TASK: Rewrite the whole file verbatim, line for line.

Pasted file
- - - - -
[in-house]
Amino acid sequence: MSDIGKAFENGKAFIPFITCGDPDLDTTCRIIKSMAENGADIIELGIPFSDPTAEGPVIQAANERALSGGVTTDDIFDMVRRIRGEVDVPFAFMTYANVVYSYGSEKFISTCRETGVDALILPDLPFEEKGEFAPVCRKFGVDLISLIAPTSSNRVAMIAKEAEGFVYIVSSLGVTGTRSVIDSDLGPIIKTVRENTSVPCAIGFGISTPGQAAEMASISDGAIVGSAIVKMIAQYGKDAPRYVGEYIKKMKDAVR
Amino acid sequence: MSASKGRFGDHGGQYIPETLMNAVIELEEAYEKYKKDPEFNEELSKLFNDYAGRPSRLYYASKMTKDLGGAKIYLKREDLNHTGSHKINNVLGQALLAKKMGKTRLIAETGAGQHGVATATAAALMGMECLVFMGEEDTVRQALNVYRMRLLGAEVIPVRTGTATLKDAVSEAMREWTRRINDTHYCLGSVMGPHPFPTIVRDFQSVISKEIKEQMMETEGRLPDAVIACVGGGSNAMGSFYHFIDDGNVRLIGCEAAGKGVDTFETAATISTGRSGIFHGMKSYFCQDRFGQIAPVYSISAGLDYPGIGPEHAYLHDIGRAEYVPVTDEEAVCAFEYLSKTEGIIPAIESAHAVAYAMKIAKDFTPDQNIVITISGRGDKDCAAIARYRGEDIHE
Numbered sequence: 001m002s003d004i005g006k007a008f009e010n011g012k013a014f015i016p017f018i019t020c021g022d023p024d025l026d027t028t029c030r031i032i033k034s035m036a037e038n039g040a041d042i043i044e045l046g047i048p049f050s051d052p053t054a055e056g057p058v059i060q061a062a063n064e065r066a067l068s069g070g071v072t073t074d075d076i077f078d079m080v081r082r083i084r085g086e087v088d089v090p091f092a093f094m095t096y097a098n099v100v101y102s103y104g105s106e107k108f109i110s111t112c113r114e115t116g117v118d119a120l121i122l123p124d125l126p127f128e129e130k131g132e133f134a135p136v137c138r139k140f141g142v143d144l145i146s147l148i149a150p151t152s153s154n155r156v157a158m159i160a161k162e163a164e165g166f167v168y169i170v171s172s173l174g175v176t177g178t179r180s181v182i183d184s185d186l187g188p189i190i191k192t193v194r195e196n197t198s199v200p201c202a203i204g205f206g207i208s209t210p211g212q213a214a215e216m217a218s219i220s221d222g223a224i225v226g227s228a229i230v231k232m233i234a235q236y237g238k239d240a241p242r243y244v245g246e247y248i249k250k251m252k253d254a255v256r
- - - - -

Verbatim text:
[in-house]
Amino acid sequence: MSDIGKAFENGKAFIPFITCGDPDLDTTCRIIKSMAENGADIIELGIPFSDPTAEGPVIQAANERALSGGVTTDDIFDMVRRIRGEVDVPFAFMTYANVVYSYGSEKFISTCRETGVDALILPDLPFEEKGEFAPVCRKFGVDLISLIAPTSSNRVAMIAKEAEGFVYIVSSLGVTGTRSVIDSDLGPIIKTVRENTSVPCAIGFGISTPGQAAEMASISDGAIVGSAIVKMIAQYGKDAPRYVGEYIKKMKDAVR
Amino acid sequence: MSASKGRFGDHGGQYIPETLMNAVIELEEAYEKYKKDPEFNEELSKLFNDYAGRPSRLYYASKMTKDLGGAKIYLKREDLNHTGSHKINNVLGQALLAKKMGKTRLIAETGAGQHGVATATAAALMGMECLVFMGEEDTVRQALNVYRMRLLGAEVIPVRTGTATLKDAVSEAMREWTRRINDTHYCLGSVMGPHPFPTIVRDFQSVISKEIKEQMMETEGRLPDAVIACVGGGSNAMGSFYHFIDDGNVRLIGCEAAGKGVDTFETAATISTGRSGIFHGMKSYFCQDRFGQIAPVYSISAGLDYPGIGPEHAYLHDIGRAEYVPVTDEEAVCAFEYLSKTEGIIPAIESAHAVAYAMKIAKDFTPDQNIVITISGRGDKDCAAIARYRGEDIHE
Numbered sequence: 001m002s003d004i005g006k007a008f009e010n011g012k013a014f015i016p017f018i019t020c021g022d023p024d025l026d027t028t029c030r031i032i033k034s035m036a037e038n039g040a041d042i043i044e045l046g047i048p049f050s051d052p053t054a055e056g057p058v059i060q061a062a063n064e065r066a067l068s069g070g071v072t073t074d075d076i077f078d079m080v081r082r083i084r085g086e087v088d089v090p091f092a093f094m095t096y097a098n099v100v101y102s103y104g105s106e107k108f109i110s111t112c113r114e115t116g117v118d119a120l121i122l123p124d125l126p127f128e129e130k131g132e133f134a135p136v137c138r139k140f141g142v143d144l145i146s147l148i149a150p151t152s153s154n155r156v157a158m159i160a161k162e163a164e165g166f167v168y169i170v171s172s173l174g175v176t177g178t179r180s181v182i183d184s185d186l187g188p189i190i191k192t193v194r195e196n197t198s199v200p201c202a203i204g205f206g207i208s209t210p211g212q213a214a215e216m217a218s219i220s221d222g223a224i225v226g227s228a229i230v231k232m233i234a235q236y237g238k239d240a241p242r243y244v245g246e247y248i249k250k251m252k253d254a255v256r